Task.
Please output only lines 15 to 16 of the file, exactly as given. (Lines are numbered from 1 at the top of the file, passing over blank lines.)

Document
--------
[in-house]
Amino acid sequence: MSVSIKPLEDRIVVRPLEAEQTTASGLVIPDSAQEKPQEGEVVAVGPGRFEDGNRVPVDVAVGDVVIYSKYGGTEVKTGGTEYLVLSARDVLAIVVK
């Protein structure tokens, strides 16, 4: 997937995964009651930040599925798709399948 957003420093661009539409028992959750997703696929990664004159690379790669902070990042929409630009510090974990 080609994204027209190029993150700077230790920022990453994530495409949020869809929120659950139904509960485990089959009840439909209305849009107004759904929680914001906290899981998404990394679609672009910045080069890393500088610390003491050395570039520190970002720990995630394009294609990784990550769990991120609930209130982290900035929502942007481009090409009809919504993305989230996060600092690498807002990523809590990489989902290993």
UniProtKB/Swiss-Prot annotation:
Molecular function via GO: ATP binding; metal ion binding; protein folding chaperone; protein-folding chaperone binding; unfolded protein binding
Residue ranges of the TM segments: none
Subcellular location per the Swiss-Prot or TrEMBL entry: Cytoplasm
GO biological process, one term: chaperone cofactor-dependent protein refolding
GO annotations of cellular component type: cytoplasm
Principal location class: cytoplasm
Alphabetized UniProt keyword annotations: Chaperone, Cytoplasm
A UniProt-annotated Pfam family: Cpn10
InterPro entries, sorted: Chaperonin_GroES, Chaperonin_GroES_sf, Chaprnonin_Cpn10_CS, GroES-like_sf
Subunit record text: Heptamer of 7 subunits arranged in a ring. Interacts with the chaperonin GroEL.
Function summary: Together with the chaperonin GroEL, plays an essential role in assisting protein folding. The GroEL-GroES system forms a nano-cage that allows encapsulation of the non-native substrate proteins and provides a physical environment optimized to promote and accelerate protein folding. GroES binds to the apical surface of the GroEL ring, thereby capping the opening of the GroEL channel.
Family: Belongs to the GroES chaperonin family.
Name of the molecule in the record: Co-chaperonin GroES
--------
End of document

Function summary: Together with the chaperonin GroEL, plays an essential role in assisting protein folding. The GroEL-GroES system forms a nano-cage that allows encapsulation of the non-native substrate proteins and provides a physical environment optimized to promote and accelerate protein folding. GroES binds to the apical surface of the GroEL ring, thereby capping the opening of the GroEL channel.
Family: Belongs to the GroES chaperonin family.